“Well?” Bess said. “Did you?”

Harvey shook his head. “All I wanted to do was pretend to be Jake,” he insisted. “Cross my heart and hope to croak, drop an eyeball in my Coke!”

“Ew!” Bess said.

Nancy studied Harvey and almost believed him. She just had one more question. . . .

“Where were you at nine o’clock on Saturday morning?” Nancy asked.

“That’s easy,” Harvey said. “I was on Main Street with my mom buying new sneakers.”

Nancy glanced down at Harvey’s clean, white sneakers. Even the laces looked new.

“If you don’t believe me,” Harvey went on, “ask Mr. Allen at the Shoe Shack. He’ll tell you that I was there.”

Harvey then grabbed a jar and said, “While you’re here, do you want to try on some fangs? I washed the spit off just yesterday.”

“No, thank you!” Bess blurted.

“And before we leave,” Nancy said, “promise us you’ll never pretend to be Jake McStuffings again.”

“No fair!” Harvey exclaimed. “What am I going to do with all these scarecrow clothes?”

“Halloween’s coming,” George called as the girls climbed down the ladder. “I’m sure you’ll need a costume!”

The girls walked away from the Mueller house. Nancy was certain Harvey told the truth about Autumn, but Bess still wasn’t sure.

“Let’s talk to Mr. Allen at the Shoe Shack,” Bess said. “If Harvey made up Jake McStuffings, he could have made up buying new sneakers too.”


“But his sneakers did look new,” Nancy said.

“Pleeeeeease?” Bess said. “Tomorrow is Monday. There isn’t much time left to find Autumn!”

“Okay,” Nancy agreed. She didn’t think they would find anything new. But Bess was getting frantic.

Nancy, Bess, and George walked from Harvey’s house to Main Street. On the way to the Shoe Shack they stopped at Darcy’s to check out the fall window. The colorful leaves were hung in place. A few pumpkins were scattered over a floor covered with hay.

“I wonder where they’ll put Autumn,” George said.

“If we ever find Autumn!” Bess said sadly.

“The day isn’t over yet, Bess,” Nancy said gently. “We still have time to find our scarecrow.”

As they turned away from the window Nancy glanced across the street at Hudson’s Apparel. They didn’t have a fancy store window like Darcy’s—only suitcases and a stuffed squirrel like Leanne said.

Just then a woman and a small girl stepped out of the revolving doors. Nancy recognized the girl and her pumpkin-colored jacket.


“There’s Leanne’s sister, Trixie,” Nancy pointed out.

But as Nancy looked harder she recognized something else—the big flowered hat on the little girl’s head!

“You guys,” Nancy said. “Isn’t that the hat Autumn wore?”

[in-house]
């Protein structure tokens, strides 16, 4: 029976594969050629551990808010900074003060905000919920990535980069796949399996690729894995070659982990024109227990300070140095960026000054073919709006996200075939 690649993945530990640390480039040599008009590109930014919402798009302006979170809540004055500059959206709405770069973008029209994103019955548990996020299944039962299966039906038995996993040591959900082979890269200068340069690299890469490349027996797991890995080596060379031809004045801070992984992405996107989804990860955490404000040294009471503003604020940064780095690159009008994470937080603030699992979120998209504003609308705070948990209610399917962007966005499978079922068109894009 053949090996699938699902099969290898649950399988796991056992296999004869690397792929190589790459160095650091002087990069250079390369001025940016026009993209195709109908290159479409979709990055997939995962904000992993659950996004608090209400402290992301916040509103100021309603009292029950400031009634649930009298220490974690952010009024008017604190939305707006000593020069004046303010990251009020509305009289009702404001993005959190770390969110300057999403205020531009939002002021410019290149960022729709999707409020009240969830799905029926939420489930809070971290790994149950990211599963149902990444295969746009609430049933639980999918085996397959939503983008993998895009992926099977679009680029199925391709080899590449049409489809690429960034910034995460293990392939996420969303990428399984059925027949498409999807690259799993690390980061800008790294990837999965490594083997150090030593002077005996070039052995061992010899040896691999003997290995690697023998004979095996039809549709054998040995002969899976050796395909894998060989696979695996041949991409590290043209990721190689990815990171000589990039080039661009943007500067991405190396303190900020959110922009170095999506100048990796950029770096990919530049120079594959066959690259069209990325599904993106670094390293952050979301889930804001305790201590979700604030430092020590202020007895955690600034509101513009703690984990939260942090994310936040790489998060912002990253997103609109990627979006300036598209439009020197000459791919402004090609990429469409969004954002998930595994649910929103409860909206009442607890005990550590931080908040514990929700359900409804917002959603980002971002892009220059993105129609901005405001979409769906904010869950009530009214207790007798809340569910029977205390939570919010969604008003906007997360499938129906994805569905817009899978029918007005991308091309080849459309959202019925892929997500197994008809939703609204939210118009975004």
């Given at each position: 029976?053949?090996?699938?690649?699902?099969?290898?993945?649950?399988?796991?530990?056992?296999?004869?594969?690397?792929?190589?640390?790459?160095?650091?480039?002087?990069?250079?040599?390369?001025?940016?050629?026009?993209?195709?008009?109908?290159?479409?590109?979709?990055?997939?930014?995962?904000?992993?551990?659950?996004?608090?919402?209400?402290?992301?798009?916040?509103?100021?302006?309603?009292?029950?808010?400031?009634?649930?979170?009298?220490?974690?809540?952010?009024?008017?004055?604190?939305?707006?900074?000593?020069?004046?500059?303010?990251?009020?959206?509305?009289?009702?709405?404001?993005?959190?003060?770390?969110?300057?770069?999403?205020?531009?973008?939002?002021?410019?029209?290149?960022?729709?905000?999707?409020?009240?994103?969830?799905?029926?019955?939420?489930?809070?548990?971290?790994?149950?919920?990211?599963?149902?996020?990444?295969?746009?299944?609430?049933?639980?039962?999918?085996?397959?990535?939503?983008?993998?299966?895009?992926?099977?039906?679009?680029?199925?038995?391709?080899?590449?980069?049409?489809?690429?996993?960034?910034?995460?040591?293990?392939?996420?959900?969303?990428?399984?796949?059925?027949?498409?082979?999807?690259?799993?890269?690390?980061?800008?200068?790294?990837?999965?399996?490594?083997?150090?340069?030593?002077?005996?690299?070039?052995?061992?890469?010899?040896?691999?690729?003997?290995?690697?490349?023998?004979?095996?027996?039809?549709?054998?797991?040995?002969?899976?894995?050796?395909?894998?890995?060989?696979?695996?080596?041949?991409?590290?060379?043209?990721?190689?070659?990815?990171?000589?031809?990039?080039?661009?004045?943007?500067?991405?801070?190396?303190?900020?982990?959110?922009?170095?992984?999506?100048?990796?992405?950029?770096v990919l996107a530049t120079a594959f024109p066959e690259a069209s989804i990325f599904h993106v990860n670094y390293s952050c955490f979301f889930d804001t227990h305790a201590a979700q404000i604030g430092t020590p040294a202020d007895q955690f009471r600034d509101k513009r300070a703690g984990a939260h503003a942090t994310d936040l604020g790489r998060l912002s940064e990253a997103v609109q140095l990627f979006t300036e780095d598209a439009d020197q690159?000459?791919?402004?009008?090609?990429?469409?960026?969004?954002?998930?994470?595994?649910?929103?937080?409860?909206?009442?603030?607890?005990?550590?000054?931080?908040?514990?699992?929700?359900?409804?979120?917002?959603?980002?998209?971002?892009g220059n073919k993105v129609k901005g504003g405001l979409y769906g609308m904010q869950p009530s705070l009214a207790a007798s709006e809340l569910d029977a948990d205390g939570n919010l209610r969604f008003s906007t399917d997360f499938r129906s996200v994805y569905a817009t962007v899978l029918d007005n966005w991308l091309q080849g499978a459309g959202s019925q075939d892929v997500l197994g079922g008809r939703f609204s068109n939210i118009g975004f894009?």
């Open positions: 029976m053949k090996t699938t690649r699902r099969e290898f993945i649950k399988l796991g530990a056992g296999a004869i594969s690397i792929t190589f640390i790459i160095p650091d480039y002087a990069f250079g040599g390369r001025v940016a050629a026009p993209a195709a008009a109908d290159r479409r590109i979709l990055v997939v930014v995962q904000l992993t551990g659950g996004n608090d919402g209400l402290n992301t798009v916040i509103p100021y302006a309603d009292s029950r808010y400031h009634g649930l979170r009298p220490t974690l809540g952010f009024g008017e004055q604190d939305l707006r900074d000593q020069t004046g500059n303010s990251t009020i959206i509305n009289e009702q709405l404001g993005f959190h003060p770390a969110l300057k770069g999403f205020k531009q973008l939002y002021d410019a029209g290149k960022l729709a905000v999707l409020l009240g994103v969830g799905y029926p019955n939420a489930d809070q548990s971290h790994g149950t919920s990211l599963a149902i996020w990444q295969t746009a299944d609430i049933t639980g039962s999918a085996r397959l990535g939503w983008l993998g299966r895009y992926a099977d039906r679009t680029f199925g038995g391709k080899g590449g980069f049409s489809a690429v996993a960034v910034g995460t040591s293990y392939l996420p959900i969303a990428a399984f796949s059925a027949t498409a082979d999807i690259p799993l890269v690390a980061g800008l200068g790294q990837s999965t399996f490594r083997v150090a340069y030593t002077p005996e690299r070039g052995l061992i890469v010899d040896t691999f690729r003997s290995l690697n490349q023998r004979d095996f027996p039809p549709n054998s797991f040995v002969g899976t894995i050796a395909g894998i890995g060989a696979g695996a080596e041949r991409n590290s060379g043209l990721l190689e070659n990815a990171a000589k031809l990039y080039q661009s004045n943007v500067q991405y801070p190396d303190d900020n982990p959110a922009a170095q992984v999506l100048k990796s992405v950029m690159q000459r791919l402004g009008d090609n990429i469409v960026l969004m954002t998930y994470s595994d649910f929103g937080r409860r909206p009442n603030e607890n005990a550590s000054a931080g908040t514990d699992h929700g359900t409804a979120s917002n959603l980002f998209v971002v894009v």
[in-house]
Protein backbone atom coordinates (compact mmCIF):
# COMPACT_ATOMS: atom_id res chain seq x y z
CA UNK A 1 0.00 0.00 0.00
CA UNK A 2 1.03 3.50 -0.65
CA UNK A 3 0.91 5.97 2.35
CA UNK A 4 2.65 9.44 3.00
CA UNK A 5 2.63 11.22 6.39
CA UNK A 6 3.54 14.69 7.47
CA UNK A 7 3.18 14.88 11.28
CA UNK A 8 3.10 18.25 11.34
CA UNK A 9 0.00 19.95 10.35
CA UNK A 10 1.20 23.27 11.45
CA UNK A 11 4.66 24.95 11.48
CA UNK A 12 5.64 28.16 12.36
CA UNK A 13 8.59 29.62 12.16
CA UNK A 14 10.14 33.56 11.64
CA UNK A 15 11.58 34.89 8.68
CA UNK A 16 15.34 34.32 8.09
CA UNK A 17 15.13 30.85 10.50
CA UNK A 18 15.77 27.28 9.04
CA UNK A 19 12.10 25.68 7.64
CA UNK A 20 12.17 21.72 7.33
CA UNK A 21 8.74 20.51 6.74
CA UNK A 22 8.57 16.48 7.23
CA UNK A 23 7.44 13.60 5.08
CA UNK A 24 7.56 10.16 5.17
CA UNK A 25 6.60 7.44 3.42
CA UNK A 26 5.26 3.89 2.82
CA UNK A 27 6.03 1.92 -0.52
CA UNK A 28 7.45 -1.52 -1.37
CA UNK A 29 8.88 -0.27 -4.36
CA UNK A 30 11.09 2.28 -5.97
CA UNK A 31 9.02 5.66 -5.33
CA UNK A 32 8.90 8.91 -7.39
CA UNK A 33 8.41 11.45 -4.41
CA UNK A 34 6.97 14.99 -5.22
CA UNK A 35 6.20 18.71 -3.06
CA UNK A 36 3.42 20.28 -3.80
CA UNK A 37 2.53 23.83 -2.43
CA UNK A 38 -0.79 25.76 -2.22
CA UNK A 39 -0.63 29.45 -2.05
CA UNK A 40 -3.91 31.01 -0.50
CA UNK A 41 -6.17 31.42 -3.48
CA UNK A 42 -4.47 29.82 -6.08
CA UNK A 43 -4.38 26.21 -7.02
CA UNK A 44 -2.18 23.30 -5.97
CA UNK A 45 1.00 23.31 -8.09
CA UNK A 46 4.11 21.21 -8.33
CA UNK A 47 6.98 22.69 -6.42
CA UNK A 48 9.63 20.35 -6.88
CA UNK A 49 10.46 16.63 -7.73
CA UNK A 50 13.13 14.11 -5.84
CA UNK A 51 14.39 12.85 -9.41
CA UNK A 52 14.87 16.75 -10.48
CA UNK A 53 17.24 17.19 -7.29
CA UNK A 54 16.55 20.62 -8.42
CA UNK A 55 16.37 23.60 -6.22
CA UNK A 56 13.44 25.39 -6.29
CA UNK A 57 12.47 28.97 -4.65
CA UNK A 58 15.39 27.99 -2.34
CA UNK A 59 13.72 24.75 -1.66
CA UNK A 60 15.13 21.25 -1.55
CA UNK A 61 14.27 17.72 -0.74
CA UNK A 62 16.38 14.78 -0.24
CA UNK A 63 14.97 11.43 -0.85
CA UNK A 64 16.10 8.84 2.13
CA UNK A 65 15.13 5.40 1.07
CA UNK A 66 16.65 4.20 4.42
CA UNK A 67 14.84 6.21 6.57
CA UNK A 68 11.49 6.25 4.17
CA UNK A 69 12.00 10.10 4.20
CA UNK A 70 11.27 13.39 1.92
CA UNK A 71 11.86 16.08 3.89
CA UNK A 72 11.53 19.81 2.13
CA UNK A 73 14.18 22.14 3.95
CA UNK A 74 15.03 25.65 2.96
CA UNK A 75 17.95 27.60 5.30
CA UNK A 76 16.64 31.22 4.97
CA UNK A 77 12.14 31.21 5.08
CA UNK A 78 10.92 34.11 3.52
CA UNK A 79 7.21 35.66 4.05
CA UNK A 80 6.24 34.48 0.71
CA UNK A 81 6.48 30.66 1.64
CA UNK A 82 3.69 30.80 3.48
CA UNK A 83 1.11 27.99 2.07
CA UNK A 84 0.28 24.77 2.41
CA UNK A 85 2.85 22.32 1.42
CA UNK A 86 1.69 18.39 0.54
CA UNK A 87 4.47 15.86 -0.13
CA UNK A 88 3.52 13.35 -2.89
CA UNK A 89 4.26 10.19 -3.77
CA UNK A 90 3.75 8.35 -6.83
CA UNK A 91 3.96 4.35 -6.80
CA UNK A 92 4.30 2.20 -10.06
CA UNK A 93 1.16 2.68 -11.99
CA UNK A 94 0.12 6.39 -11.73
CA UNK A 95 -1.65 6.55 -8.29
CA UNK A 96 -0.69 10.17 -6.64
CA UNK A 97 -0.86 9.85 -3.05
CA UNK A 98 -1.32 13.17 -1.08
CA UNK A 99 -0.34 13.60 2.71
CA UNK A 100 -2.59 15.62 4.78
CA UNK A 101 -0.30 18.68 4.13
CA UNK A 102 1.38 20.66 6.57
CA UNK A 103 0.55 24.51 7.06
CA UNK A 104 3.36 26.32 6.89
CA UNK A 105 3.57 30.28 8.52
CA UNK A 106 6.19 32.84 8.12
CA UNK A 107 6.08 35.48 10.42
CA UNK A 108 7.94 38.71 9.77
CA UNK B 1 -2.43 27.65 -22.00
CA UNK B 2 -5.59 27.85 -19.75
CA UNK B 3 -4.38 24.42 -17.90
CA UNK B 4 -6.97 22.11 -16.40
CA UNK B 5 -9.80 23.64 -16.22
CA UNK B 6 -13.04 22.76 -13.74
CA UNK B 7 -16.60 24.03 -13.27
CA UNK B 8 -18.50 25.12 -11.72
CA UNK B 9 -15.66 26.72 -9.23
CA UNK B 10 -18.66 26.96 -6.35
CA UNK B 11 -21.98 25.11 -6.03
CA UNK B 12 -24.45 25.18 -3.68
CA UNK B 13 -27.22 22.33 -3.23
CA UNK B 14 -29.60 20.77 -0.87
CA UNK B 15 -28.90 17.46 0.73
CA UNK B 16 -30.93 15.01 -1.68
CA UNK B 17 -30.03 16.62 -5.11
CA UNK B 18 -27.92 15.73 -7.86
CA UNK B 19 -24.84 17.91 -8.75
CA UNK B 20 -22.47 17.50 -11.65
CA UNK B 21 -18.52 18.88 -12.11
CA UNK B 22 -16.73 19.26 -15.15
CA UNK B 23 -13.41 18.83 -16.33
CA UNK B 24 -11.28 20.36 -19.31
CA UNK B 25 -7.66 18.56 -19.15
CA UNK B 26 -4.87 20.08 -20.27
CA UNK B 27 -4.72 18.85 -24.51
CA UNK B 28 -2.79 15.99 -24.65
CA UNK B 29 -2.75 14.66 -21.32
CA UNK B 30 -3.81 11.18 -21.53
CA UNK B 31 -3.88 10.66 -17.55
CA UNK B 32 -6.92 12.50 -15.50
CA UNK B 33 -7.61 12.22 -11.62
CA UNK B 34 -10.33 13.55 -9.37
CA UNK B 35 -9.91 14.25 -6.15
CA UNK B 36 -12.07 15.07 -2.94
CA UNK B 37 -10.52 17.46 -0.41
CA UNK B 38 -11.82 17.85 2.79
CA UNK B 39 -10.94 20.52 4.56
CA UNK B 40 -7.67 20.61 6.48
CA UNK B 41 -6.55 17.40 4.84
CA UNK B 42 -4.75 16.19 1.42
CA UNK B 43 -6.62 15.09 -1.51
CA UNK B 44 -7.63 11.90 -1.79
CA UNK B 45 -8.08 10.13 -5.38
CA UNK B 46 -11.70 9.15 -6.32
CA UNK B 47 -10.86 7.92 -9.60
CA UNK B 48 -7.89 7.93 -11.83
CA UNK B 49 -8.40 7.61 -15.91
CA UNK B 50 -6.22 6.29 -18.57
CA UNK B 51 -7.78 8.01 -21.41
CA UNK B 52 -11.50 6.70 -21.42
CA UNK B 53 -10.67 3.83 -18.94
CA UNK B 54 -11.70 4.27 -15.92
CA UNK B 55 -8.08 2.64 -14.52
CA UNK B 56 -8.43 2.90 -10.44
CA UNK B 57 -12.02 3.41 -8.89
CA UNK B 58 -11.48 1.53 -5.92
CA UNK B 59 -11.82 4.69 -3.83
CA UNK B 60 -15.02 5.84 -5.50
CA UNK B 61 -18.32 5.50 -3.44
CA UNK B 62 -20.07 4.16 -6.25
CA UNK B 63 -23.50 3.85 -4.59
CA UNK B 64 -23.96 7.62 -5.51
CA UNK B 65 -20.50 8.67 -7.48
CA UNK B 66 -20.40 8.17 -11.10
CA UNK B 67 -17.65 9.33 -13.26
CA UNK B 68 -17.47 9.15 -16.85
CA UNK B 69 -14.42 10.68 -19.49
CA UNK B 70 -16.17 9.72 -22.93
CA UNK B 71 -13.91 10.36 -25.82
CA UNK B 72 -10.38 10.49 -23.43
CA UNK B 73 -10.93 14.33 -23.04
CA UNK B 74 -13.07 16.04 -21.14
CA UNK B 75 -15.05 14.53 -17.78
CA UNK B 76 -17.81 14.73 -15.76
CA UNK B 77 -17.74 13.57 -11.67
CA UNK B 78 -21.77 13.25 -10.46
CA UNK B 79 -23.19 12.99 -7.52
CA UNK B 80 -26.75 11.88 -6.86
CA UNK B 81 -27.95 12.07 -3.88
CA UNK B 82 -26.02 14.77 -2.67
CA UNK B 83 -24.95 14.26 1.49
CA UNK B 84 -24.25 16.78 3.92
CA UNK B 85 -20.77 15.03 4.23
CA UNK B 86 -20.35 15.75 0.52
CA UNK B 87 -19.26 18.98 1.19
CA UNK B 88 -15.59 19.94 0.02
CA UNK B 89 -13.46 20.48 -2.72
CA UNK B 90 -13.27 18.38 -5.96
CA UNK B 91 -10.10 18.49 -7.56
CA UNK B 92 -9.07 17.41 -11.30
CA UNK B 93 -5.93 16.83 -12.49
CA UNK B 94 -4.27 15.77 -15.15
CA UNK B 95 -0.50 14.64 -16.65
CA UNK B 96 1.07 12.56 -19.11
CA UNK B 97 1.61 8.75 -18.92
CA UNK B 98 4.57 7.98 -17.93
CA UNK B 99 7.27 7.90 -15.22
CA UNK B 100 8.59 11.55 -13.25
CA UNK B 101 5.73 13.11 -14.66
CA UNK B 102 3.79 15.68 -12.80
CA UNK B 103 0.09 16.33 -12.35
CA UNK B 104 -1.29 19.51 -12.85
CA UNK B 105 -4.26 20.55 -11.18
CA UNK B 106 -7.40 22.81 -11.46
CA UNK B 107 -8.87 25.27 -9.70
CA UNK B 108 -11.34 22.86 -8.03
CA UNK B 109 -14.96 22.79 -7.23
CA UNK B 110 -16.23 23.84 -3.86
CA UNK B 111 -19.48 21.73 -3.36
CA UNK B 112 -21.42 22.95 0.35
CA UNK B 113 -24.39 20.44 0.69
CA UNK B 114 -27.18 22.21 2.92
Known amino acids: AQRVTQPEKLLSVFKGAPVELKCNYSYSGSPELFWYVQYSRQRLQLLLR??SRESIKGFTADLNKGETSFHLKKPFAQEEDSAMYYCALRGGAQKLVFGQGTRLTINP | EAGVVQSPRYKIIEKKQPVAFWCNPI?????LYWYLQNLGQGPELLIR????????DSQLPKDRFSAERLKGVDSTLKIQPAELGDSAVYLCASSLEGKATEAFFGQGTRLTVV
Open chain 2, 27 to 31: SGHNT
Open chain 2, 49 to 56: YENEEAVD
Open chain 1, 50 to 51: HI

“Trixie probably got one at Darcy’s Department Store,” George said. “Autumn didn’t have the only one.”

“But Trixie’s parents own Hudson’s Apparel,” Nancy said. “If Leanne doesn’t shop at Darcy’s, why would Trixie?”

Then Nancy remembered something else. . . .

“Leanne was on a hayride when she’s supposed to be allergic to hay,” Nancy said slowly.

“So?” George asked.

“So maybe Leanne didn’t want to help make our scarecrow for a reason,” Nancy said. Her eyes flashed as she stared at her friends. “Maybe she had something to do with Autumn disappearing!”

“What do we do, Nancy?” Bess asked.

Nancy looked across the street. Trixie and her mom were turning the corner.

“We follow Trixie,” Nancy said urgently, “and get a better look at that hat!”


Tea for a Clue

Nancy, Bess, and George tried not to let Mrs. Hudson or Trixie know they were being followed. They walked several feet behind them, ducking behind trees every time Trixie looked back.

Finally Trixie and her mom turned into the front lawn of a white house with a red roof and shutters.

“There’s Leanne,” Nancy said.

She could see Leanne jumping rope in her front yard. She kept playing as her mom and sister entered the house.

“Hi, Leanne!” Bess called.

Leanne stopped as the girls walked over. She blinked with surprise before saying, “Hi.”

“We saw you on a hayride today,” Nancy said. “I guess your hay allergy must be better.”

“Um . . . k-k-kind of,” Leanne stammered.

Nancy could tell Leanne was nervous—as if she had something to hide.

“If your allergy is better,” Nancy said. “Then you’ll have no trouble being around scarecrows.”

Leanne dropped her jump rope on the grass. “I don’t know where Autumn is!” she said. “I didn’t steal her—if that’s what you’re thinking.”

Nancy stared at Leanne. “I never said Autumn was missing,” she said. “Or stolen.”

“So how did you know?” George asked.

“I can’t talk anymore,” Leanne said quickly. “I promised Trixie I’d help out with her tea party.”

“Is that why Trixie is wearing such a fancy hat?” Bess asked. “The same hat as Autumn’s?”

“I told you, I’ve got to go!” Leanne insisted. She picked up her jump rope and ran straight into the house.

Nancy, Bess, and George stood staring at the house.

“How are we going to get to Leanne’s room to see if Autumn is there?” George asked.

“Good question.” Nancy sighed.

“Wait,” Bess said. “Do you hear someone?”

The girls became quiet.

That’s when Nancy heard someone singing “I’m a Little Teapot.”

“It’s coming from behind the house!” Nancy said.